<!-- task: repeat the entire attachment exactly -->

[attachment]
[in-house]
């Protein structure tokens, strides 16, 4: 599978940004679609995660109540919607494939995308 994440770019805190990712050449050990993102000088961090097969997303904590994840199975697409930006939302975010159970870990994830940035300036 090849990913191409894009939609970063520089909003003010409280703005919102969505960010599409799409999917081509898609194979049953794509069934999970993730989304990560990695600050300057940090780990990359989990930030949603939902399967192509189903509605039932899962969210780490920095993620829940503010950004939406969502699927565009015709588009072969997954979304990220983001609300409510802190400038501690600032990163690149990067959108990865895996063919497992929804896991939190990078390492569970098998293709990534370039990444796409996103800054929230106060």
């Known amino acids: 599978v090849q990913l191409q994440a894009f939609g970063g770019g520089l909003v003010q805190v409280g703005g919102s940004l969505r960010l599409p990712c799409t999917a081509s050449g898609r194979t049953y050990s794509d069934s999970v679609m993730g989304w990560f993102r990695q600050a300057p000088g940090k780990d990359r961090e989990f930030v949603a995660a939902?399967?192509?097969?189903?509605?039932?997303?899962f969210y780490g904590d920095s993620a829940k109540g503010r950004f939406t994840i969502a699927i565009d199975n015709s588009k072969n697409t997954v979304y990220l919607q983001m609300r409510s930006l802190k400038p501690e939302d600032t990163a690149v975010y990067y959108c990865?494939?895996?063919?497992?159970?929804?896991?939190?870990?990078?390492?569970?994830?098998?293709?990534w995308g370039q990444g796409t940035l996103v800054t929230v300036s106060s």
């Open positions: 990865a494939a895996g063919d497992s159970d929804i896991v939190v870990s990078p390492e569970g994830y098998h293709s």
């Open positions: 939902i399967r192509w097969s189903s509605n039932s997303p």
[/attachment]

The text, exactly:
[in-house]
């Protein structure tokens, strides 16, 4: 599978940004679609995660109540919607494939995308 994440770019805190990712050449050990993102000088961090097969997303904590994840199975697409930006939302975010159970870990994830940035300036 090849990913191409894009939609970063520089909003003010409280703005919102969505960010599409799409999917081509898609194979049953794509069934999970993730989304990560990695600050300057940090780990990359989990930030949603939902399967192509189903509605039932899962969210780490920095993620829940503010950004939406969502699927565009015709588009072969997954979304990220983001609300409510802190400038501690600032990163690149990067959108990865895996063919497992929804896991939190990078390492569970098998293709990534370039990444796409996103800054929230106060």
């Known amino acids: 599978v090849q990913l191409q994440a894009f939609g970063g770019g520089l909003v003010q805190v409280g703005g919102s940004l969505r960010l599409p990712c799409t999917a081509s050449g898609r194979t049953y050990s794509d069934s999970v679609m993730g989304w990560f993102r990695q600050a300057p000088g940090k780990d990359r961090e989990f930030v949603a995660a939902?399967?192509?097969?189903?509605?039932?997303?899962f969210y780490g904590d920095s993620a829940k109540g503010r950004f939406t994840i969502a699927i565009d199975n015709s588009k072969n697409t997954v979304y990220l919607q983001m609300r409510s930006l802190k400038p501690e939302d600032t990163a690149v975010y990067y959108c990865?494939?895996?063919?497992?159970?929804?896991?939190?870990?990078?390492?569970?994830?098998?293709?990534w995308g370039q990444g796409t940035l996103v800054t929230v300036s106060s």
């Open positions: 990865a494939a895996g063919d497992s159970d929804i896991v939190v870990s990078p390492e569970g994830y098998h293709s």
């Open positions: 939902i399967r192509w097969s189903s509605n039932s997303p």